Floated floors are a flawed concept because they are unstable and susceptible to changes in air humidity. In addition, they are noisy and wobbly. Thin engineered (14mm) floors are usually installed as floated, any proper floor (20,21mm) whether solid or engineered must not be floated for the above reasons.
A solid floor is more likely to warp and expand in comparison with an engineered one and it should only be installed by concealed nailing or gluing down.
Timber floors can be installed over existing wooden subfloors (chipboard, plywood, planks or directly onto joists), terracotta tiles, quarry tiles, linoleum, concrete and cement screeds. Any base must be able to to be vacuumed without any residue particles to ensure good adhesion properties.
That depends how strongly the linoleum is attached to the subfloor. If it is completely glued down then it is likely to be a stable base, otherwise it must be removed. This is a decision best made on the spot as the characteristics can vary greatly.
There are two main types of underfloor heating - 1. Electric elements sitting on top of existing subfloor - this necessitates the floating of the wooden floor which renders this type of underfloor heating unsuitable for wood flooring installations. 2. Water pipes in concrete - this is an excellent base to glue wood flooring onto. Engineered planks are the natural choice here.
As a rule of thumb, the boards should run parallel with the longest wall against the main along the main source of sunlight. Exceptions can be forced by the varying layouts and a decision should be made after considering all pros and cons.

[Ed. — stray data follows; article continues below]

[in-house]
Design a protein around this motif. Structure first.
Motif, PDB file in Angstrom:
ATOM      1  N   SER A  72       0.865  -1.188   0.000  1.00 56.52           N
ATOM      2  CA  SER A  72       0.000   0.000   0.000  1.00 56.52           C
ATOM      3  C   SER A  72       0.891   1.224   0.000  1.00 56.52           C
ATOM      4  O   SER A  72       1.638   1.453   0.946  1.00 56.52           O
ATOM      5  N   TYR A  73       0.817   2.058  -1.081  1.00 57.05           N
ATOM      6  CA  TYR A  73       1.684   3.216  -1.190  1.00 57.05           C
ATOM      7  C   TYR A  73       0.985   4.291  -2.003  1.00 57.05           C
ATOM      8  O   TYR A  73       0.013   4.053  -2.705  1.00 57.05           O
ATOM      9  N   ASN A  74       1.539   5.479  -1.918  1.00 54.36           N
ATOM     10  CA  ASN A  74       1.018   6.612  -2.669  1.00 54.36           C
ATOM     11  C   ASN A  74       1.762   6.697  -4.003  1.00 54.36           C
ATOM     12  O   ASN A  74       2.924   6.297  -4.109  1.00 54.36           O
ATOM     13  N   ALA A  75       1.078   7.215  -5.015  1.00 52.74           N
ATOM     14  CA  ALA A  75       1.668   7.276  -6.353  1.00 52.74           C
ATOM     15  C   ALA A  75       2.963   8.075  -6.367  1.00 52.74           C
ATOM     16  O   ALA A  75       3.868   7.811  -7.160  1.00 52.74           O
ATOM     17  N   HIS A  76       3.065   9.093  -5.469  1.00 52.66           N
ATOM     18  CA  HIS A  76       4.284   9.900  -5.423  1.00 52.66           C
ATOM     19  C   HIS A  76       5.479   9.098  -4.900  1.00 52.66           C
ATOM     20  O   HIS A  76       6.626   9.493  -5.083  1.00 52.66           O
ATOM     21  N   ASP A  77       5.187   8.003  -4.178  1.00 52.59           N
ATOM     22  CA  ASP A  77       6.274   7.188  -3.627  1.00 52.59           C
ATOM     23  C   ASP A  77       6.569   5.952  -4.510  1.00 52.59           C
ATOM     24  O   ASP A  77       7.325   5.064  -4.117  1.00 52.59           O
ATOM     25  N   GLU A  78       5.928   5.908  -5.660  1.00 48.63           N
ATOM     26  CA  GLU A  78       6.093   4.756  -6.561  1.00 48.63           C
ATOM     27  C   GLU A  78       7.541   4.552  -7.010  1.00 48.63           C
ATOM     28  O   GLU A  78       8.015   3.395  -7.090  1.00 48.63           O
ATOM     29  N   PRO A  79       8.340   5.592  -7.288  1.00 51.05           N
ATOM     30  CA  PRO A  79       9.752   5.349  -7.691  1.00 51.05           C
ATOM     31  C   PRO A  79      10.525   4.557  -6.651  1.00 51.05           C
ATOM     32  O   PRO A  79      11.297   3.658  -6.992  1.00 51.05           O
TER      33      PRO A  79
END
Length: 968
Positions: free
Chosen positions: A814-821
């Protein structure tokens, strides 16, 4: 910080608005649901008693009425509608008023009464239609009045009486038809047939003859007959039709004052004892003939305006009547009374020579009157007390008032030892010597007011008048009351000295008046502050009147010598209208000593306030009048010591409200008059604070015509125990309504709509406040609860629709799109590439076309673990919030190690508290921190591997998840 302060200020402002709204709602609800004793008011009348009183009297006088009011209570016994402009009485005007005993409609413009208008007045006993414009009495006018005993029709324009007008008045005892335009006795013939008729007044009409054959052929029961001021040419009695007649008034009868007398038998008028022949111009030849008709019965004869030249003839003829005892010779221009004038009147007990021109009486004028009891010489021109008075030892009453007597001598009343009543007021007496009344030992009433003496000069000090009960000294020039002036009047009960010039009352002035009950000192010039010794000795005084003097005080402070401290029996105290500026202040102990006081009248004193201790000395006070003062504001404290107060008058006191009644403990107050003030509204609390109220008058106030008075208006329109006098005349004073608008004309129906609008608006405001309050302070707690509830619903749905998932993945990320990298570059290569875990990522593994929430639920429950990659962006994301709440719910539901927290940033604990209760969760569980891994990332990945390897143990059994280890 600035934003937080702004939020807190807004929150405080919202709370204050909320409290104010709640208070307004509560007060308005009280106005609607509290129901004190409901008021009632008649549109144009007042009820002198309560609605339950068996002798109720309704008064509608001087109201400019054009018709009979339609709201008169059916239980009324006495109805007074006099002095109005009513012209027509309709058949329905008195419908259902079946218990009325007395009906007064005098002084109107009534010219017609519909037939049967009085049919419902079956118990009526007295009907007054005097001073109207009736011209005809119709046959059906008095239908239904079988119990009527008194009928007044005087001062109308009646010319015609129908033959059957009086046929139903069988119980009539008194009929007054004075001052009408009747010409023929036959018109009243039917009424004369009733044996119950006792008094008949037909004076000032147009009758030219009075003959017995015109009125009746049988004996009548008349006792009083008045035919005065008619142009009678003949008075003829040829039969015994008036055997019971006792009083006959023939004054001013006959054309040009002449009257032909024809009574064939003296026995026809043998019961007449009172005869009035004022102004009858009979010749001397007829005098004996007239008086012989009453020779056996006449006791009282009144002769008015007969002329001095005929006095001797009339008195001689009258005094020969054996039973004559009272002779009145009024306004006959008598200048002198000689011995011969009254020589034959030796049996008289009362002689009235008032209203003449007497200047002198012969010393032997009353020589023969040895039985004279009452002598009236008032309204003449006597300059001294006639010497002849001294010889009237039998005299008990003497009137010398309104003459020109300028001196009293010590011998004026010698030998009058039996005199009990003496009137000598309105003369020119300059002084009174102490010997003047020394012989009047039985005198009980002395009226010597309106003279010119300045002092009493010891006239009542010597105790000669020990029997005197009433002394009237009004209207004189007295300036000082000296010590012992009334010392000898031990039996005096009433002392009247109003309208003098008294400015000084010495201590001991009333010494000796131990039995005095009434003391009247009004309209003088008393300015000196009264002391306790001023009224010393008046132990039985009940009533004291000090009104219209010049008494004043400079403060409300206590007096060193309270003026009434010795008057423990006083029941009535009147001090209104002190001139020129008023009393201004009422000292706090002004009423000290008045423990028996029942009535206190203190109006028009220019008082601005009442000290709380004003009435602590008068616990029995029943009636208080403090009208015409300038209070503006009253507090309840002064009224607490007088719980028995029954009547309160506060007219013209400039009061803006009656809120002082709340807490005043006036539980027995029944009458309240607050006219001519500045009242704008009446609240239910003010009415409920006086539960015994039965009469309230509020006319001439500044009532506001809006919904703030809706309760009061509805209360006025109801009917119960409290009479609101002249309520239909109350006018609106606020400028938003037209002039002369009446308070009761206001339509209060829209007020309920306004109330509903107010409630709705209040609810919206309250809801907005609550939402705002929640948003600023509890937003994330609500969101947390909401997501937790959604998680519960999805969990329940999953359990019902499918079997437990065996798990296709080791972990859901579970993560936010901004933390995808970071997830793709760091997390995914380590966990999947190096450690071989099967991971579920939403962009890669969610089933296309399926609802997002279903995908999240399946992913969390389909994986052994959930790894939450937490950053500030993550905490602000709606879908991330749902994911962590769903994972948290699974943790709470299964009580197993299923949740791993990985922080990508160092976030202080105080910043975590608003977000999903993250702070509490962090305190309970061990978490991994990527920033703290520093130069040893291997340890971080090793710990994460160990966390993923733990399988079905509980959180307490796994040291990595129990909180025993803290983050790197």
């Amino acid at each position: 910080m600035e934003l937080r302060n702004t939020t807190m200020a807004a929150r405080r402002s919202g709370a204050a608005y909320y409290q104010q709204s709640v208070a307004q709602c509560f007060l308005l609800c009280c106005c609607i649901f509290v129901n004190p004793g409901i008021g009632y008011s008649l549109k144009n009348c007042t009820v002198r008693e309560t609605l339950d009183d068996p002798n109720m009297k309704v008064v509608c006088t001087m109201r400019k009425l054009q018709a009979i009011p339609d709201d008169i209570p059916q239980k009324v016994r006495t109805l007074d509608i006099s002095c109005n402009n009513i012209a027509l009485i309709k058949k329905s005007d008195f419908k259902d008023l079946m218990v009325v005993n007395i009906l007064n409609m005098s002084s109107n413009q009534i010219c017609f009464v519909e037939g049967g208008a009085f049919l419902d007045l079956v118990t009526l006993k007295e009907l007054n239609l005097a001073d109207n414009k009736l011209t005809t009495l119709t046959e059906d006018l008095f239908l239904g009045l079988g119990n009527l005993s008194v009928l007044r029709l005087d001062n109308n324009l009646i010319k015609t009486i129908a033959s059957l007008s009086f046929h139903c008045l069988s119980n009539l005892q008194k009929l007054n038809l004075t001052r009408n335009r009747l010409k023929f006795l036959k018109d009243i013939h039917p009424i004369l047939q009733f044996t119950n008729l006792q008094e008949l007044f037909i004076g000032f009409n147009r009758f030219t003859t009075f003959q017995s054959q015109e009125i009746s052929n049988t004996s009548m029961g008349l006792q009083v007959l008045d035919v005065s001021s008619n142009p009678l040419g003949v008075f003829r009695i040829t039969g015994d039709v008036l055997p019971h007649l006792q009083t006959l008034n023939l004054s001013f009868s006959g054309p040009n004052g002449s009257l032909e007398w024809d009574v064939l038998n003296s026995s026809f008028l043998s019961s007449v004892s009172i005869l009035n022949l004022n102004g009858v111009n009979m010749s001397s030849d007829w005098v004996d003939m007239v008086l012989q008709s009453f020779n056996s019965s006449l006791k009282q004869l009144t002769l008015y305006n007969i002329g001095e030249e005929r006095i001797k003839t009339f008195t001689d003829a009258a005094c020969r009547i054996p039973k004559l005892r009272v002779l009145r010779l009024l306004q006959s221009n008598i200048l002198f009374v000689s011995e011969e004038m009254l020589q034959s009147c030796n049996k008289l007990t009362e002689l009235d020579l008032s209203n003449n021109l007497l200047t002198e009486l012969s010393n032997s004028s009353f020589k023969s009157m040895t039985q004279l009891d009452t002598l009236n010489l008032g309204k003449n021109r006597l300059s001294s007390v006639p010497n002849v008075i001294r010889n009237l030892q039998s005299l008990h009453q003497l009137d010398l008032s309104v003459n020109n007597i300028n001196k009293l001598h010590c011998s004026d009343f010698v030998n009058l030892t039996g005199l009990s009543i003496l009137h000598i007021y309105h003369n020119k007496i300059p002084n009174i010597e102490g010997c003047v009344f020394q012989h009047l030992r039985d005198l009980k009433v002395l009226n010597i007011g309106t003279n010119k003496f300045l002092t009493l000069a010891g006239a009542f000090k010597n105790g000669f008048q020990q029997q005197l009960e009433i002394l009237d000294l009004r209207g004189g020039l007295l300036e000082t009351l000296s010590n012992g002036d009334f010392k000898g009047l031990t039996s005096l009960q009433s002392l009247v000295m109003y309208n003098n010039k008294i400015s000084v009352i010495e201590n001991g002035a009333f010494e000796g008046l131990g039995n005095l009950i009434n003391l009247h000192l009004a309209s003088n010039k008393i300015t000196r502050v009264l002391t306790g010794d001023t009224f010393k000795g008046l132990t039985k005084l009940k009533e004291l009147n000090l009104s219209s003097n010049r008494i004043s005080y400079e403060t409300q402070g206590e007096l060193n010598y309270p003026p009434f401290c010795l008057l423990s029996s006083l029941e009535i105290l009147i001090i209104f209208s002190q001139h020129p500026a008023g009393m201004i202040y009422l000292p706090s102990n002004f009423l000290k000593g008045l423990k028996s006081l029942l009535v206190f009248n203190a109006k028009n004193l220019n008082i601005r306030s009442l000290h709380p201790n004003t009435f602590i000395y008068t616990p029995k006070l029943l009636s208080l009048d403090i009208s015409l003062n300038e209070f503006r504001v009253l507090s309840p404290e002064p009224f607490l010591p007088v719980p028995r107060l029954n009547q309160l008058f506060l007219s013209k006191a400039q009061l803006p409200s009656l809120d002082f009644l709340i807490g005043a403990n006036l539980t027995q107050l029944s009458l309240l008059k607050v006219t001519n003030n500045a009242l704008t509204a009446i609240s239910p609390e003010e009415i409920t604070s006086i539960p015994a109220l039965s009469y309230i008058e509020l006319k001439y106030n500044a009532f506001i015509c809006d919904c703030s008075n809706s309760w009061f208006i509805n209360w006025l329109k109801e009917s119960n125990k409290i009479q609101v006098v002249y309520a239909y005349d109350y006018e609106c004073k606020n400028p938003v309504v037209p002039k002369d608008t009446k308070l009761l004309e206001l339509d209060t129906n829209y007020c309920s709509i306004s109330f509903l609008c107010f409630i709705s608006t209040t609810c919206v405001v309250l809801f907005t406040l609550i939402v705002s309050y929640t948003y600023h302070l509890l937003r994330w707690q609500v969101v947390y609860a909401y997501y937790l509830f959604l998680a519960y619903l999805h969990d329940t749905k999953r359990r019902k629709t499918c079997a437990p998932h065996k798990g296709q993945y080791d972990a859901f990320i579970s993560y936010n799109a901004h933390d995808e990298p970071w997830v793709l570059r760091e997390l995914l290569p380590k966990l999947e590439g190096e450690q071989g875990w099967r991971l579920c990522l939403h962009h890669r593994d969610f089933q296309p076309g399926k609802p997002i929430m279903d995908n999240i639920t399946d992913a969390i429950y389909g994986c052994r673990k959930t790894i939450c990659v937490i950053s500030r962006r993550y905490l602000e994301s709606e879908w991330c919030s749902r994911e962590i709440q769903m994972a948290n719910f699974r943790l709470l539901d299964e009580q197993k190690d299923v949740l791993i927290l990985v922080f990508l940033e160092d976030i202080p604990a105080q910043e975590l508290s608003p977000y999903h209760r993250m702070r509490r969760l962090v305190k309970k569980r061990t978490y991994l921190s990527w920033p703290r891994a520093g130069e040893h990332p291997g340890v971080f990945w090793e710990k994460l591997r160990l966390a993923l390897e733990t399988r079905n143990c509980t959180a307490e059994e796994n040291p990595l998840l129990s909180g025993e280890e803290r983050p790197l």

Yes, Hard-wax oils and polyurethane varnishes are water repellent and we have carried out a large number of such installations.
In most cases deviations can be overcome with the use of flexible setting polymer adhesive. It is rare that a subfloor is so bad as to necessitate self-levelling. Self levelling should be avoided if possible because often thin screeds are likely to crack and cause problems in the long run.
A standard 20mm thickness wooden floor would take 4-5 full scale sanding operations, i.e. use of a belt sander. The minimum lifespan would therefore be at least 50 years. Very often, wood floors can be cleaned on the surface through gentle surface sanding which does not reduce the thickness of the floor.
Dust free sanding is a myth purported by some for marketing purposes. Modern equipment will extract most of the dust, however small fine wood dust particles will always be present. In practice, good equipment and thorough vacuuming mean that most people will not notice dust during the sanding process.